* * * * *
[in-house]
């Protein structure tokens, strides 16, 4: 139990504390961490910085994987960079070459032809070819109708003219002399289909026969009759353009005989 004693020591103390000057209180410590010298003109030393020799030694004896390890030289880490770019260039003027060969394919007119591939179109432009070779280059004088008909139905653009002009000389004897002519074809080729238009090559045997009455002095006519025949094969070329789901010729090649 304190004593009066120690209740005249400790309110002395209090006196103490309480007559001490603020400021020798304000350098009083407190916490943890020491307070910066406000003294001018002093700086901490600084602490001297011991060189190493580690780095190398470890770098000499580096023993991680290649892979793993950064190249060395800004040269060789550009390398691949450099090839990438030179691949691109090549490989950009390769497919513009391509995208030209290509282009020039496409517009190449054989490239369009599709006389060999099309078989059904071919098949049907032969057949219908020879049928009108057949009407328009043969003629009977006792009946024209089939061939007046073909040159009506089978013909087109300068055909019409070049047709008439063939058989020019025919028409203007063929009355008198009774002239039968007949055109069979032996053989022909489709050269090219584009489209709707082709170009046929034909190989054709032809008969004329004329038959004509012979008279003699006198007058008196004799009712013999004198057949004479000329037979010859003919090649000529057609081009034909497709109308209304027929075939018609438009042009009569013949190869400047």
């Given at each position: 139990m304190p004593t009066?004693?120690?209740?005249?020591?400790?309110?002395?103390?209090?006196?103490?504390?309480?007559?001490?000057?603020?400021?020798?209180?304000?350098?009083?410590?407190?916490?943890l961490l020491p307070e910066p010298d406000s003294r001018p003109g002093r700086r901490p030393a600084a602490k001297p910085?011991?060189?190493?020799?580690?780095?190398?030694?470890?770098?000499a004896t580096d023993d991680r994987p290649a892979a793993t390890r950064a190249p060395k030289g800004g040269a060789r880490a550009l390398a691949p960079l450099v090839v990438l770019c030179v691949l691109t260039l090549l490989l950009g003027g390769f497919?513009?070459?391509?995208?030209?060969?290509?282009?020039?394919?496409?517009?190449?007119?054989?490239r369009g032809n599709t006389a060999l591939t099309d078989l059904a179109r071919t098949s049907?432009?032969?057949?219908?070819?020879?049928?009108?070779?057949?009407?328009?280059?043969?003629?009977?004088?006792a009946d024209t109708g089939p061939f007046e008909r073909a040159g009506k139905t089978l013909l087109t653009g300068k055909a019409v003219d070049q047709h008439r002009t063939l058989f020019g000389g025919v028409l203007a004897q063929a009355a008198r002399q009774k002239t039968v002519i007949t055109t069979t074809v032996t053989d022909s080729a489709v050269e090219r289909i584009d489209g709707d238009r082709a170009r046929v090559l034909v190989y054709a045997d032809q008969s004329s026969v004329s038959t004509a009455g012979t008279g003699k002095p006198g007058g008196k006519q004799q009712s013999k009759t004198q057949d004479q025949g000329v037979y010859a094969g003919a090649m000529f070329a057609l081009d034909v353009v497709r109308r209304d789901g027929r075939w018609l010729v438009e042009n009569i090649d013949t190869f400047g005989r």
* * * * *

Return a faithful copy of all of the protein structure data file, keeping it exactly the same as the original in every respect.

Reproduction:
[in-house]
């Protein structure tokens, strides 16, 4: 139990504390961490910085994987960079070459032809070819109708003219002399289909026969009759353009005989 004693020591103390000057209180410590010298003109030393020799030694004896390890030289880490770019260039003027060969394919007119591939179109432009070779280059004088008909139905653009002009000389004897002519074809080729238009090559045997009455002095006519025949094969070329789901010729090649 304190004593009066120690209740005249400790309110002395209090006196103490309480007559001490603020400021020798304000350098009083407190916490943890020491307070910066406000003294001018002093700086901490600084602490001297011991060189190493580690780095190398470890770098000499580096023993991680290649892979793993950064190249060395800004040269060789550009390398691949450099090839990438030179691949691109090549490989950009390769497919513009391509995208030209290509282009020039496409517009190449054989490239369009599709006389060999099309078989059904071919098949049907032969057949219908020879049928009108057949009407328009043969003629009977006792009946024209089939061939007046073909040159009506089978013909087109300068055909019409070049047709008439063939058989020019025919028409203007063929009355008198009774002239039968007949055109069979032996053989022909489709050269090219584009489209709707082709170009046929034909190989054709032809008969004329004329038959004509012979008279003699006198007058008196004799009712013999004198057949004479000329037979010859003919090649000529057609081009034909497709109308209304027929075939018609438009042009009569013949190869400047």
């Given at each position: 139990m304190p004593t009066?004693?120690?209740?005249?020591?400790?309110?002395?103390?209090?006196?103490?504390?309480?007559?001490?000057?603020?400021?020798?209180?304000?350098?009083?410590?407190?916490?943890l961490l020491p307070e910066p010298d406000s003294r001018p003109g002093r700086r901490p030393a600084a602490k001297p910085?011991?060189?190493?020799?580690?780095?190398?030694?470890?770098?000499a004896t580096d023993d991680r994987p290649a892979a793993t390890r950064a190249p060395k030289g800004g040269a060789r880490a550009l390398a691949p960079l450099v090839v990438l770019c030179v691949l691109t260039l090549l490989l950009g003027g390769f497919?513009?070459?391509?995208?030209?060969?290509?282009?020039?394919?496409?517009?190449?007119?054989?490239r369009g032809n599709t006389a060999l591939t099309d078989l059904a179109r071919t098949s049907?432009?032969?057949?219908?070819?020879?049928?009108?070779?057949?009407?328009?280059?043969?003629?009977?004088?006792a009946d024209t109708g089939p061939f007046e008909r073909a040159g009506k139905t089978l013909l087109t653009g300068k055909a019409v003219d070049q047709h008439r002009t063939l058989f020019g000389g025919v028409l203007a004897q063929a009355a008198r002399q009774k002239t039968v002519i007949t055109t069979t074809v032996t053989d022909s080729a489709v050269e090219r289909i584009d489209g709707d238009r082709a170009r046929v090559l034909v190989y054709a045997d032809q008969s004329s026969v004329s038959t004509a009455g012979t008279g003699k002095p006198g007058g008196k006519q004799q009712s013999k009759t004198q057949d004479q025949g000329v037979y010859a094969g003919a090649m000529f070329a057609l081009d034909v353009v497709r109308r209304d789901g027929r075939w018609l010729v438009e042009n009569i090649d013949t190869f400047g005989r």